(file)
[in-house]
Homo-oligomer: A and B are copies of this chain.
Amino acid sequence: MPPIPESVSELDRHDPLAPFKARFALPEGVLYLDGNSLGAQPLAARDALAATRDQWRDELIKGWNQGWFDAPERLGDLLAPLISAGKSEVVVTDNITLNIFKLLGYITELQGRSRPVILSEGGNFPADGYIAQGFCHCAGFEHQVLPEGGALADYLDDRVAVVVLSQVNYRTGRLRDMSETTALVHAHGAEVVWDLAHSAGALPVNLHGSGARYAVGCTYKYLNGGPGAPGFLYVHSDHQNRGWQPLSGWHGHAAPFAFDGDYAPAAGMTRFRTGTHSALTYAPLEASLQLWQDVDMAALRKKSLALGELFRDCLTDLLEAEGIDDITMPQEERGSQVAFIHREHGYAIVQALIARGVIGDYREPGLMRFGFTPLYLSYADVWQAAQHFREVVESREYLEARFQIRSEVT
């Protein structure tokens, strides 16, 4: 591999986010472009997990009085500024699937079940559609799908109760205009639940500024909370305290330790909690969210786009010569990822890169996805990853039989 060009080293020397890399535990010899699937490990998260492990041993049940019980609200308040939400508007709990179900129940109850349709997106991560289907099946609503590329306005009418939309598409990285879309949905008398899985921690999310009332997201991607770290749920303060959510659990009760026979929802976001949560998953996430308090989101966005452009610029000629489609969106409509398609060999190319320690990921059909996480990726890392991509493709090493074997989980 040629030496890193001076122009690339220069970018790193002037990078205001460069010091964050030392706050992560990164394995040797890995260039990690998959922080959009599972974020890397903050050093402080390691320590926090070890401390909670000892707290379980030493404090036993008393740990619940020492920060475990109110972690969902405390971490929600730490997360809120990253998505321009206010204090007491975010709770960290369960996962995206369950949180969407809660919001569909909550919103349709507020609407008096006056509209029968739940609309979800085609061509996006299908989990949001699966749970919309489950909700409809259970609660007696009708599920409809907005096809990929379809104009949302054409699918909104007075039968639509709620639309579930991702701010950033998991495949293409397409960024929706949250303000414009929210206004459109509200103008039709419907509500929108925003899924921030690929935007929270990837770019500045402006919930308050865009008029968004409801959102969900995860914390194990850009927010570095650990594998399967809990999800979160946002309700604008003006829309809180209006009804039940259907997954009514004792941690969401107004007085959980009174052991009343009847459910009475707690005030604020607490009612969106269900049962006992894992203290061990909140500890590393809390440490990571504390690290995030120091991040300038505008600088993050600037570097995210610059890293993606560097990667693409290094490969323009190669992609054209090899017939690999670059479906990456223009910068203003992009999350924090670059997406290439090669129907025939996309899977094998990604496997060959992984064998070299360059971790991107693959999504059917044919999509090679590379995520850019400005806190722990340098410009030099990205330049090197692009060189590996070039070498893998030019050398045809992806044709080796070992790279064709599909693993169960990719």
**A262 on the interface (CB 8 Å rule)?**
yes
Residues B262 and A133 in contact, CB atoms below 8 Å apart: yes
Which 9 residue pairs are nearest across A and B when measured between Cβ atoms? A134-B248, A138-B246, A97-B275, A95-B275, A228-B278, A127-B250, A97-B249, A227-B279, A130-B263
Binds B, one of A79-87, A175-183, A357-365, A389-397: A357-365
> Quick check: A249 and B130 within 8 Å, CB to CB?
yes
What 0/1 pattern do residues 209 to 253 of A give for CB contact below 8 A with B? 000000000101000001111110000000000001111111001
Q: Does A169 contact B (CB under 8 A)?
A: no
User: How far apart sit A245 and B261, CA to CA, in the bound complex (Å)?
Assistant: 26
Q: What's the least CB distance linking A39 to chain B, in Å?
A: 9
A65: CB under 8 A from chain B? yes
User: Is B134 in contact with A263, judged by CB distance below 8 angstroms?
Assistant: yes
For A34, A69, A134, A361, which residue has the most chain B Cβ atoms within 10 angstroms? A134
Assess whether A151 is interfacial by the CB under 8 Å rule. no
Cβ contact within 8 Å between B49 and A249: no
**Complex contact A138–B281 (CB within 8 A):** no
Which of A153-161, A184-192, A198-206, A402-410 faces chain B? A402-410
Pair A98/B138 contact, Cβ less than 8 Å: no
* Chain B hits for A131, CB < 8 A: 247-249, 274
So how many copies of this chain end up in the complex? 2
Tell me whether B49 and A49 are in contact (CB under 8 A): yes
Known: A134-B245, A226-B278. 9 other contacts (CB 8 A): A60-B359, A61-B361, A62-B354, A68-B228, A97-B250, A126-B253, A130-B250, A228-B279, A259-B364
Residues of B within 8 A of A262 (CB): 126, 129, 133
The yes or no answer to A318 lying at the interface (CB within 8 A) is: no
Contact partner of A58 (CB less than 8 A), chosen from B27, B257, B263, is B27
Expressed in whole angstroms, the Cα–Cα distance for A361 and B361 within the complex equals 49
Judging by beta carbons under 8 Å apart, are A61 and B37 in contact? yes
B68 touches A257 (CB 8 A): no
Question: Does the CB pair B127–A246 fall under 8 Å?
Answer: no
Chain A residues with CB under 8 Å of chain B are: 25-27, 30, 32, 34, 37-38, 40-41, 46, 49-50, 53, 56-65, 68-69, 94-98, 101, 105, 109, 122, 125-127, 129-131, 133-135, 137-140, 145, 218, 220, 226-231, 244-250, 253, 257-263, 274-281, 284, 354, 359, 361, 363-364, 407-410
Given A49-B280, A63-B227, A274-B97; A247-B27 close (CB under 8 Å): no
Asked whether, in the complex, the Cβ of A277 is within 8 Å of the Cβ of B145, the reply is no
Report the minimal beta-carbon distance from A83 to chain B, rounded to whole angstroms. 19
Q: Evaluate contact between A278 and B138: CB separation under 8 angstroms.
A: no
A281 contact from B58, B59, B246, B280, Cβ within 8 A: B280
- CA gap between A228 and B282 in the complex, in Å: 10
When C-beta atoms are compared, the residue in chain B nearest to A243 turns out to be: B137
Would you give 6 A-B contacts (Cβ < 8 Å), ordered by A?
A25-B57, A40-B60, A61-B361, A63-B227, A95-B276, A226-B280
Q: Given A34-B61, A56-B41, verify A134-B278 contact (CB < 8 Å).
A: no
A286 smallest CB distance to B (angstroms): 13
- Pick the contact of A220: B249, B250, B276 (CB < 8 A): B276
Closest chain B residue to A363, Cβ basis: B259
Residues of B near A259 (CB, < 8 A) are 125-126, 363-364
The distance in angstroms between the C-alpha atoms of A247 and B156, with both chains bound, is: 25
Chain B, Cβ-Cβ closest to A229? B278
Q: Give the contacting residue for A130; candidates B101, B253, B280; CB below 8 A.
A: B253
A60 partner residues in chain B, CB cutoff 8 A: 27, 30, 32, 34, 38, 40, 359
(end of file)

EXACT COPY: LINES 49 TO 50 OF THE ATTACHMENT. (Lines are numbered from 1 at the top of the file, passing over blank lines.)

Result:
Would you give 6 A-B contacts (Cβ < 8 Å), ordered by A?
A25-B57, A40-B60, A61-B361, A63-B227, A95-B276, A226-B280